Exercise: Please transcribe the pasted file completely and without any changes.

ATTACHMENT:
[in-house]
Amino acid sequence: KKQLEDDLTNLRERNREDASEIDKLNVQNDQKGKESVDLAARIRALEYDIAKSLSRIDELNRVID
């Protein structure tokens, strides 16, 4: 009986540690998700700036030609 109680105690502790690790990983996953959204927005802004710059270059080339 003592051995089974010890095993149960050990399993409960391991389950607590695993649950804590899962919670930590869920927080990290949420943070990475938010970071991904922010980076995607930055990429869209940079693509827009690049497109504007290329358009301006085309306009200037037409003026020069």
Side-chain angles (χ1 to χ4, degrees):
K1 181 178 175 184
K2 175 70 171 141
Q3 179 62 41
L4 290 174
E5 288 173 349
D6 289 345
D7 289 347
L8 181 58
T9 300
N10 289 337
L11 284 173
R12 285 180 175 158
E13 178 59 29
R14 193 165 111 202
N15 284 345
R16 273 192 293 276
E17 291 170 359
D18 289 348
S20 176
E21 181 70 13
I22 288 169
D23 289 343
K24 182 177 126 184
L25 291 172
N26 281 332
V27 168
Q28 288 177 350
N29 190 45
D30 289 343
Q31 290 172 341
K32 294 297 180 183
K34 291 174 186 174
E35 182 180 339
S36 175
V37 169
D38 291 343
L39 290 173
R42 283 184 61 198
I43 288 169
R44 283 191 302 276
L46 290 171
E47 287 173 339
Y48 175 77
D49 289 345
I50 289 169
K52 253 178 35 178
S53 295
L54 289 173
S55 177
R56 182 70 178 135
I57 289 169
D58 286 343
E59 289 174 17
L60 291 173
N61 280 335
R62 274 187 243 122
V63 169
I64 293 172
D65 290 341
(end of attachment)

[in-house]
Amino acid sequence: KKQLEDDLTNLRERNREDASEIDKLNVQNDQKGKESVDLAARIRALEYDIAKSLSRIDELNRVID
């Protein structure tokens, strides 16, 4: 009986540690998700700036030609 109680105690502790690790990983996953959204927005802004710059270059080339 003592051995089974010890095993149960050990399993409960391991389950607590695993649950804590899962919670930590869920927080990290949420943070990475938010970071991904922010980076995607930055990429869209940079693509827009690049497109504007290329358009301006085309306009200037037409003026020069």
Side-chain angles (χ1 to χ4, degrees):
K1 181 178 175 184
K2 175 70 171 141
Q3 179 62 41
L4 290 174
E5 288 173 349
D6 289 345
D7 289 347
L8 181 58
T9 300
N10 289 337
L11 284 173
R12 285 180 175 158
E13 178 59 29
R14 193 165 111 202
N15 284 345
R16 273 192 293 276
E17 291 170 359
D18 289 348
S20 176
E21 181 70 13
I22 288 169
D23 289 343
K24 182 177 126 184
L25 291 172
N26 281 332
V27 168
Q28 288 177 350
N29 190 45
D30 289 343
Q31 290 172 341
K32 294 297 180 183
K34 291 174 186 174
E35 182 180 339
S36 175
V37 169
D38 291 343
L39 290 173
R42 283 184 61 198
I43 288 169
R44 283 191 302 276
L46 290 171
E47 287 173 339
Y48 175 77
D49 289 345
I50 289 169
K52 253 178 35 178
S53 295
L54 289 173
S55 177
R56 182 70 178 135
I57 289 169
D58 286 343
E59 289 174 17
L60 291 173
N61 280 335
R62 274 187 243 122
V63 169
I64 293 172
D65 290 341